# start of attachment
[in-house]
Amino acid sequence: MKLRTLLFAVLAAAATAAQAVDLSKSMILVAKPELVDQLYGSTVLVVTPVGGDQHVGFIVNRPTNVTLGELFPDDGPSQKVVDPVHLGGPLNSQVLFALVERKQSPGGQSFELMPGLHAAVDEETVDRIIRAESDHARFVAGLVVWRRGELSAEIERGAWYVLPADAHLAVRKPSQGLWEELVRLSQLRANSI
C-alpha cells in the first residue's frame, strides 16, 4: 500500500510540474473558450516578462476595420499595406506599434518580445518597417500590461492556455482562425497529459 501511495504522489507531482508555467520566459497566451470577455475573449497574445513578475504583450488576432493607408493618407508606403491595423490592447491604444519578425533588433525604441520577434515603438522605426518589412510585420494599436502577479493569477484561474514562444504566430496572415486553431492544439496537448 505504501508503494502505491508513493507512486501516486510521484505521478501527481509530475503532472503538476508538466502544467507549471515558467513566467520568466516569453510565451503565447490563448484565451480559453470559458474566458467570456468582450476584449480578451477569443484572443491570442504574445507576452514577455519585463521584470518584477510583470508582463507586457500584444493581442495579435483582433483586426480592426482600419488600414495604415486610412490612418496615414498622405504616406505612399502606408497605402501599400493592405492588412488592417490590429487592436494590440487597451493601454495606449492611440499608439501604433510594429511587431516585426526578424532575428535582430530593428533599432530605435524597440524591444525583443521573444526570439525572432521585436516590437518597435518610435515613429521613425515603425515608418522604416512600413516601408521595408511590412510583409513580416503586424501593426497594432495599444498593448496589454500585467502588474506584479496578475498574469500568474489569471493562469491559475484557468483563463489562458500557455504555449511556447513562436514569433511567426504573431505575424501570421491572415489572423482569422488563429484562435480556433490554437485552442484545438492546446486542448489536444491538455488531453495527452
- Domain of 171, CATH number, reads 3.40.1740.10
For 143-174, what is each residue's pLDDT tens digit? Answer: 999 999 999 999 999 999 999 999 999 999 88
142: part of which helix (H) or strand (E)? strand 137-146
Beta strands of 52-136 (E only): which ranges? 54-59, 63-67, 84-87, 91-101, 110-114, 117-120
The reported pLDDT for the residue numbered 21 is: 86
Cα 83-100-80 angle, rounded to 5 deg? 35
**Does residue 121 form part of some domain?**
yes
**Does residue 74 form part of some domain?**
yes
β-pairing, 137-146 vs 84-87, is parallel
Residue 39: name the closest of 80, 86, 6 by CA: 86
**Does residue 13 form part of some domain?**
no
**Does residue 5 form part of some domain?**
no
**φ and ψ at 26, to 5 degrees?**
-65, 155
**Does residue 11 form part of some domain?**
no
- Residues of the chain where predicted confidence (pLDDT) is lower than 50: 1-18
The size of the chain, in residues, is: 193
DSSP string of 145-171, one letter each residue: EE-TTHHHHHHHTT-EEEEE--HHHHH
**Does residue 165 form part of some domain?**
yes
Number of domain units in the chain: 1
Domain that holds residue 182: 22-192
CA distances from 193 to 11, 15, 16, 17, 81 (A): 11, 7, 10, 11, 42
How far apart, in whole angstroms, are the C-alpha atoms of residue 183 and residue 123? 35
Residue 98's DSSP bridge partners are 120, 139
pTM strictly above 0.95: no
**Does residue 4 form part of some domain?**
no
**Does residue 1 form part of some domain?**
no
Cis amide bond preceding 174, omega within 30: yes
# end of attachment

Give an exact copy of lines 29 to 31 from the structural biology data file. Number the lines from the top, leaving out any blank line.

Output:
Number of domain units in the chain: 1
Domain that holds residue 182: 22-192
CA distances from 193 to 11, 15, 16, 17, 81 (A): 11, 7, 10, 11, 42